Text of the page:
United Launch Alliance sent a triple-core Delta 4-Heavy with a top secret U.S. government spy satellite into orbit Saturday from California’s Central Coast, closing out a chapter in the tangled history of a launch pad originally built to support military astronaut missions on Titan rockets and space shuttles. Two more Delta 4-Heavy rockets are left in ULA’s inventory for launches in 2023 and 2024 from Cape Canaveral.
United Launch Alliance’s Delta 4-Heavy rocket lifted off from Vandenberg Space Force Base in California at 3:25 p.m. PDT (6:25 p.m. EDT; 2225 GMT) Saturday with a classified spacecraft for the National Reconnaissance Office, the U.S. government’s spy satellite agency. The heavy-lifter launched for the final time from California, with two more Delta 4-Heavy flights remaining from Cape Canaveral before the rocket’s retirement.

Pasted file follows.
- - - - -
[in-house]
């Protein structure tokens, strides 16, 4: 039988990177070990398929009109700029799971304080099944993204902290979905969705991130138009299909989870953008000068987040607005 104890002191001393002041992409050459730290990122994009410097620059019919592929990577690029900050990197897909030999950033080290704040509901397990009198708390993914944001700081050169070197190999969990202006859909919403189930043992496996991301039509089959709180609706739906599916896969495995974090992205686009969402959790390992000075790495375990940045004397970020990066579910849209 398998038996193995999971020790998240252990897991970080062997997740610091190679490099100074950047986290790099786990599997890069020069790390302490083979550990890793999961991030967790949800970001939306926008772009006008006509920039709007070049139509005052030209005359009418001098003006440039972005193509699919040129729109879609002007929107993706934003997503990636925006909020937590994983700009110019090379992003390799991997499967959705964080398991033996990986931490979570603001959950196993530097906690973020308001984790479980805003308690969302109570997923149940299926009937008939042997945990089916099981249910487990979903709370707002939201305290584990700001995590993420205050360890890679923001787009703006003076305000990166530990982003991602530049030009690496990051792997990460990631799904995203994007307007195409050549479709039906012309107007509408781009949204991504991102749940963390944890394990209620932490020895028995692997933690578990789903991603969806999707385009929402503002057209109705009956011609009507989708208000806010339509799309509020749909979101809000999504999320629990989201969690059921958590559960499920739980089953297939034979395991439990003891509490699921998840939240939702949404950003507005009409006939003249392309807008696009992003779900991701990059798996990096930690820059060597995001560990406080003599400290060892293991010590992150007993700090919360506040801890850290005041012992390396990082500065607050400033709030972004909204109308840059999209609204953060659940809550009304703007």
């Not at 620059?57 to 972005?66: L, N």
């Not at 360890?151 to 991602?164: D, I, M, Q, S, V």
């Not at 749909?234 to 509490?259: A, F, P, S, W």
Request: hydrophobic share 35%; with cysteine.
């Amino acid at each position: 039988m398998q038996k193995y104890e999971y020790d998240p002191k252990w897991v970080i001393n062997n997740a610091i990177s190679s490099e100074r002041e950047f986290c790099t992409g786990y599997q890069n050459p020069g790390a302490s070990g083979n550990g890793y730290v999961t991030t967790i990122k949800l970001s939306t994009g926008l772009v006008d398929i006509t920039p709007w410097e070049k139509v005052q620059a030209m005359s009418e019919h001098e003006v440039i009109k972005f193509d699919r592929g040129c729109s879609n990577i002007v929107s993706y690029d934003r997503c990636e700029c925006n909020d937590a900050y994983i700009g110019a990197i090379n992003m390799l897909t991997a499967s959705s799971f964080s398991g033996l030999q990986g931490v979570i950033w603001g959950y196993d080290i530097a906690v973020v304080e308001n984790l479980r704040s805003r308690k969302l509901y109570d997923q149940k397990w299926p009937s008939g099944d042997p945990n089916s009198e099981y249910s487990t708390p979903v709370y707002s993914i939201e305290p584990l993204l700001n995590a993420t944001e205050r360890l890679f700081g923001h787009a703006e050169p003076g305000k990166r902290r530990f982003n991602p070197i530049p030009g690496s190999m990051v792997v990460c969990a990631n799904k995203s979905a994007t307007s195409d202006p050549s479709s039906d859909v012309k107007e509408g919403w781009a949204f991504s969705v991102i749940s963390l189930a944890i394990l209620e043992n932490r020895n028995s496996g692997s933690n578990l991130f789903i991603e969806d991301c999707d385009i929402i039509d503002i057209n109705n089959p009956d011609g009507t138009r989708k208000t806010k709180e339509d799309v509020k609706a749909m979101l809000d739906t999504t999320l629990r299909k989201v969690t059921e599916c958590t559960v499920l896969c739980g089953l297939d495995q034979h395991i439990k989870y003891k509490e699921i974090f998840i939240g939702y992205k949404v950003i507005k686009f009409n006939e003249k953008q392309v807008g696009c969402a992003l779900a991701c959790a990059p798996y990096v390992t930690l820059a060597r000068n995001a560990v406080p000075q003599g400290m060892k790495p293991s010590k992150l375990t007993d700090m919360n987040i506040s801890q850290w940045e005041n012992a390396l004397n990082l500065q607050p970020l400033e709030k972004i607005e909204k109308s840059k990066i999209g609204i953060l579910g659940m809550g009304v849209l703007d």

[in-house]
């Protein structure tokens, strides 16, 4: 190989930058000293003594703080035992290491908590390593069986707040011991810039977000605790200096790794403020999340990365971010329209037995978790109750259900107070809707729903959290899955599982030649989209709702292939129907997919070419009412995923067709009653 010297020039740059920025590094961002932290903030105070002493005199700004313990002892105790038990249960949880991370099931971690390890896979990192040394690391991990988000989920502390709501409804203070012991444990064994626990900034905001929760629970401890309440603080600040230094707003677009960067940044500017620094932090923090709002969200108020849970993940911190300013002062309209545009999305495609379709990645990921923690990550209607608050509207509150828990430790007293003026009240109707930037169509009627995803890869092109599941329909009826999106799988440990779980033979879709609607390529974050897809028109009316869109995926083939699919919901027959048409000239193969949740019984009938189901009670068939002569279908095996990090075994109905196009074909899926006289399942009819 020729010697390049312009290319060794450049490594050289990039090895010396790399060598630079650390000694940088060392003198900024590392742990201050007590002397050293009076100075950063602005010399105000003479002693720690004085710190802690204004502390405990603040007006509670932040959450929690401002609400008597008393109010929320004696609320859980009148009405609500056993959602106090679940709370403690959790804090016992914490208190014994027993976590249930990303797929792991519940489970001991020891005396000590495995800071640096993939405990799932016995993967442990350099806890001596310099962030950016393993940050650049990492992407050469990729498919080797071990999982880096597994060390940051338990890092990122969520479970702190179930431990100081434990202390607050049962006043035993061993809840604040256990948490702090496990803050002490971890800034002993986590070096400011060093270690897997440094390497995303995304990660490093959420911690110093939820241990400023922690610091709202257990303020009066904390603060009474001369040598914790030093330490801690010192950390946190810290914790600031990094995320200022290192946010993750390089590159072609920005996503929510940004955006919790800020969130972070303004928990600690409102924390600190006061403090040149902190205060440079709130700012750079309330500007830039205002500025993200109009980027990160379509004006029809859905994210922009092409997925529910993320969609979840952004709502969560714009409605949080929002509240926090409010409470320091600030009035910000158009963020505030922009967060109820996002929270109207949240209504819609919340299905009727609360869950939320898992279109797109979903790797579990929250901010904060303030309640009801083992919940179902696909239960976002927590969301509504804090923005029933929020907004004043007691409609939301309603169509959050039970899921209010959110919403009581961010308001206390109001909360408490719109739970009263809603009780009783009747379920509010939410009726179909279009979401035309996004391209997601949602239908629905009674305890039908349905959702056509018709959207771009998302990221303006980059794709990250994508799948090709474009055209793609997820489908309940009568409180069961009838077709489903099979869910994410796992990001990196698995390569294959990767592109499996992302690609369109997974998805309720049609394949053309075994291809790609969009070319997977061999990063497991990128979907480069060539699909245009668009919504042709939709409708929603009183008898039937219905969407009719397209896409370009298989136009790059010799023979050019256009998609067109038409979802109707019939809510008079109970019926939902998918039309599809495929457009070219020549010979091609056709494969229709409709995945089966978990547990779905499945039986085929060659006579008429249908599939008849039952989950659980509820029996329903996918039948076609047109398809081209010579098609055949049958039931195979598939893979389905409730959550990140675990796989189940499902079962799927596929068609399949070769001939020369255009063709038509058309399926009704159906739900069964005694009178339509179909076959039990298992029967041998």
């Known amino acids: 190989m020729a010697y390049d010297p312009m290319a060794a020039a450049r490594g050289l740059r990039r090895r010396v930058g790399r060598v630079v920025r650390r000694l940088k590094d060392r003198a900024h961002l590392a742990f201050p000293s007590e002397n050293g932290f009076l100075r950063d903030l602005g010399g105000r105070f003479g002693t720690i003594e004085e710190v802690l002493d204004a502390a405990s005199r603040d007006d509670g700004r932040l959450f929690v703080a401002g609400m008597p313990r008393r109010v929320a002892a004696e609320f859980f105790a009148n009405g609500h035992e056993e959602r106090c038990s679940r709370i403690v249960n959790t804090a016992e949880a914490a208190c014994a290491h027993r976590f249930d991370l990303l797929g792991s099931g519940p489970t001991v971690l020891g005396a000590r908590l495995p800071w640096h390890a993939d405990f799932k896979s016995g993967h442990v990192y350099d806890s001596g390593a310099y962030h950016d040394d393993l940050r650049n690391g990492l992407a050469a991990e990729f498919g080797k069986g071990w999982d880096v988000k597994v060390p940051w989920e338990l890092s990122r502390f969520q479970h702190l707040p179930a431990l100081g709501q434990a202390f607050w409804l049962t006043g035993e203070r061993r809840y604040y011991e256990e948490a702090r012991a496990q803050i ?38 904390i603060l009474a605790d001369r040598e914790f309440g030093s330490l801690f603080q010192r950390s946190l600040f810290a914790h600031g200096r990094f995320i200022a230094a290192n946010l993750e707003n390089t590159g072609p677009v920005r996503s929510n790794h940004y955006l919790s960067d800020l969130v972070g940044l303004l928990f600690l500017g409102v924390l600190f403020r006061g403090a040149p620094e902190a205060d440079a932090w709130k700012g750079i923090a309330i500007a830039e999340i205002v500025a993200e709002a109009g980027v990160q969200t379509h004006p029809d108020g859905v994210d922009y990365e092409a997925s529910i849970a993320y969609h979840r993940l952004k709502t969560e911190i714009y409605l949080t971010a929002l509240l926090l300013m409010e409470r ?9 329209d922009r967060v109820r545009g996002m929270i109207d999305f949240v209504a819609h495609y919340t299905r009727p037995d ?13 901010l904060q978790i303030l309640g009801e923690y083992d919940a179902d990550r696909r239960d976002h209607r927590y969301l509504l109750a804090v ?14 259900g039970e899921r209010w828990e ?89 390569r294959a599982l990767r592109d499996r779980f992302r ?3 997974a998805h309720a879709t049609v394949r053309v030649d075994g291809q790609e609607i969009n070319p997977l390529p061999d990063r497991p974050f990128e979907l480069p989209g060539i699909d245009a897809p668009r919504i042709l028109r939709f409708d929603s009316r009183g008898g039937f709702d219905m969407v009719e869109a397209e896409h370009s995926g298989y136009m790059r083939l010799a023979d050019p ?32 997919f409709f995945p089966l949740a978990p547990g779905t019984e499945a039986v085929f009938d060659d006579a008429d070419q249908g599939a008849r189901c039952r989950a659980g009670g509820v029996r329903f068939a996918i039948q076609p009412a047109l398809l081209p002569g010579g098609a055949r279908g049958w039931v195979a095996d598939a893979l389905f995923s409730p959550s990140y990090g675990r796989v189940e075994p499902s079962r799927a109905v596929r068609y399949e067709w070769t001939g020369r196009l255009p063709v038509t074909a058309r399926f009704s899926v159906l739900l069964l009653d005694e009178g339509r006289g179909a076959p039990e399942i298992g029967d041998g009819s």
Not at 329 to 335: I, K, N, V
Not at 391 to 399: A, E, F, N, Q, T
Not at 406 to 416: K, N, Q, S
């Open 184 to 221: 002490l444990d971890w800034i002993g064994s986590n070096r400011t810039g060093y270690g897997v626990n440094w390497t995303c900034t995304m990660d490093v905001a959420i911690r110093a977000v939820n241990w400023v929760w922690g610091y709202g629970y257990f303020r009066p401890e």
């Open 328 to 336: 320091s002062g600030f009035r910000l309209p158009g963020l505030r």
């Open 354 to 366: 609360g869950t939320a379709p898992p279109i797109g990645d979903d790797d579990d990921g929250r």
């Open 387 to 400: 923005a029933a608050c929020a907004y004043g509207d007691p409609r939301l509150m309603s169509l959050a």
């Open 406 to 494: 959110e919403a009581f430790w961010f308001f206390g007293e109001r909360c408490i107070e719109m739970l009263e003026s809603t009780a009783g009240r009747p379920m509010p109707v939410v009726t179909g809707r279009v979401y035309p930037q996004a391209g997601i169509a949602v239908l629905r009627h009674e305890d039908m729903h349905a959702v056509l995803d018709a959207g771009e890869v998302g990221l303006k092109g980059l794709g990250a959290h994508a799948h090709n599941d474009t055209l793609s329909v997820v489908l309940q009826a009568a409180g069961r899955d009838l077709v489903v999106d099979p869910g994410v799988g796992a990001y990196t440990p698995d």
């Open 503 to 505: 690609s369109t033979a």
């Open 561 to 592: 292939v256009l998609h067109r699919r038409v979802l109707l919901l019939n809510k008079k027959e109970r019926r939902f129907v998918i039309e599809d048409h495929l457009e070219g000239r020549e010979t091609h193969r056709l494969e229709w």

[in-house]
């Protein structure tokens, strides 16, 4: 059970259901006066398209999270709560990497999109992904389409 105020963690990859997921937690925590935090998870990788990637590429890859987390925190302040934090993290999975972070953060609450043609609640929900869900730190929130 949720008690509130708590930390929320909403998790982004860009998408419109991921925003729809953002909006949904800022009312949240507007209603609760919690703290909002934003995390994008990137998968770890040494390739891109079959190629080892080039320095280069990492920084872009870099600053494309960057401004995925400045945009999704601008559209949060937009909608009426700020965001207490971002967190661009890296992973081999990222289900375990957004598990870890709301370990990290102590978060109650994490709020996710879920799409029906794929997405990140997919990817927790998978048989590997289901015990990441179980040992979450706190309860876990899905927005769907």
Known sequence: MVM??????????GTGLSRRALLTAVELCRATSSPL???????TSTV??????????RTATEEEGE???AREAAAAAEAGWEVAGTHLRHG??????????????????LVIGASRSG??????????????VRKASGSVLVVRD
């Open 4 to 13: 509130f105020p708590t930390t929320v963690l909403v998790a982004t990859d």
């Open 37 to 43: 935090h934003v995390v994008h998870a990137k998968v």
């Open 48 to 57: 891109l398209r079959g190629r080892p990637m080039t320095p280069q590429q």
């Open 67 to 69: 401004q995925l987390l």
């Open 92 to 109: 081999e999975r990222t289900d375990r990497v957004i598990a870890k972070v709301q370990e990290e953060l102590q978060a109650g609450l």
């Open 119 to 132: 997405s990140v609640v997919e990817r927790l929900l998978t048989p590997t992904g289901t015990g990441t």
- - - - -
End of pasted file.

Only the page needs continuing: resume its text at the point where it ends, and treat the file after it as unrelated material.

These views show United Launch Alliance’s 233-foot-tall Delta 4-Heavy rocket standing on Space Launch Complex-6 at Vandenberg Space Force Base in California on the eve of liftoff with a classified spy satellite for the National Reconnaissance Office. This will be the final Delta launch from the West Coast.
United Launch Alliance will move out of historic Space Launch Complex 6 at Vandenberg Space Force Base in California following the flight of a Delta 4-Heavy rocket set for Saturday, leaving the military to find a new tenant for the launch pad once intended to host space shuttle missions on the West Coast.